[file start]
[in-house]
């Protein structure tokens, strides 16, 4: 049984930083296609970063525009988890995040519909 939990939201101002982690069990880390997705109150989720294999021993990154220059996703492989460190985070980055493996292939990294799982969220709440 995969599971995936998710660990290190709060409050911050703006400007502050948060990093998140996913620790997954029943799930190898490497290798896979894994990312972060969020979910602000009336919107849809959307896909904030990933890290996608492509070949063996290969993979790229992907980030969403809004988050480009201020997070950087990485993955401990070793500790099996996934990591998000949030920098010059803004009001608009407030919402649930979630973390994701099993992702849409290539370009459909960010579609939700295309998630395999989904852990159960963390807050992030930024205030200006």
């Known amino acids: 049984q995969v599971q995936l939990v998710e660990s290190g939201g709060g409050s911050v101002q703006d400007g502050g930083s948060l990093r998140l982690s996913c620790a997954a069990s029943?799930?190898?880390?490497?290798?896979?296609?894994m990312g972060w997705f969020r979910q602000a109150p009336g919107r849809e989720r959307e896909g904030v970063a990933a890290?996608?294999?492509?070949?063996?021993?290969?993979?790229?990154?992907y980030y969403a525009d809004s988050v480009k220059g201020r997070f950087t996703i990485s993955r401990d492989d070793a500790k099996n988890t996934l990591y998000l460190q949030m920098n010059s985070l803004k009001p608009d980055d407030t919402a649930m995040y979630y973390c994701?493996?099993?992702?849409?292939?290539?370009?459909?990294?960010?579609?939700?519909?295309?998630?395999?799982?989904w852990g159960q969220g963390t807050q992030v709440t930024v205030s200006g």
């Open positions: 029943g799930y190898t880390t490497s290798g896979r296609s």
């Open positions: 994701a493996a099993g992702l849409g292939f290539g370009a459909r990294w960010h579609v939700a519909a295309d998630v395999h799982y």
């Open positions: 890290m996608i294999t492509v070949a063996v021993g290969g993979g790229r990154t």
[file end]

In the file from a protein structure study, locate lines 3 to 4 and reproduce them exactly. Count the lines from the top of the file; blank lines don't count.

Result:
């Known amino acids: 049984q995969v599971q995936l939990v998710e660990s290190g939201g709060g409050s911050v101002q703006d400007g502050g930083s948060l990093r998140l982690s996913c620790a997954a069990s029943?799930?190898?880390?490497?290798?896979?296609?894994m990312g972060w997705f969020r979910q602000a109150p009336g919107r849809e989720r959307e896909g904030v970063a990933a890290?996608?294999?492509?070949?063996?021993?290969?993979?790229?990154?992907y980030y969403a525009d809004s988050v480009k220059g201020r997070f950087t996703i990485s993955r401990d492989d070793a500790k099996n988890t996934l990591y998000l460190q949030m920098n010059s985070l803004k009001p608009d980055d407030t919402a649930m995040y979630y973390c994701?493996?099993?992702?849409?292939?290539?370009?459909?990294?960010?579609?939700?519909?295309?998630?395999?799982?989904w852990g159960q969220g963390t807050q992030v709440t930024v205030s200006g």
């Open positions: 029943g799930y190898t880390t490497s290798g896979r296609s």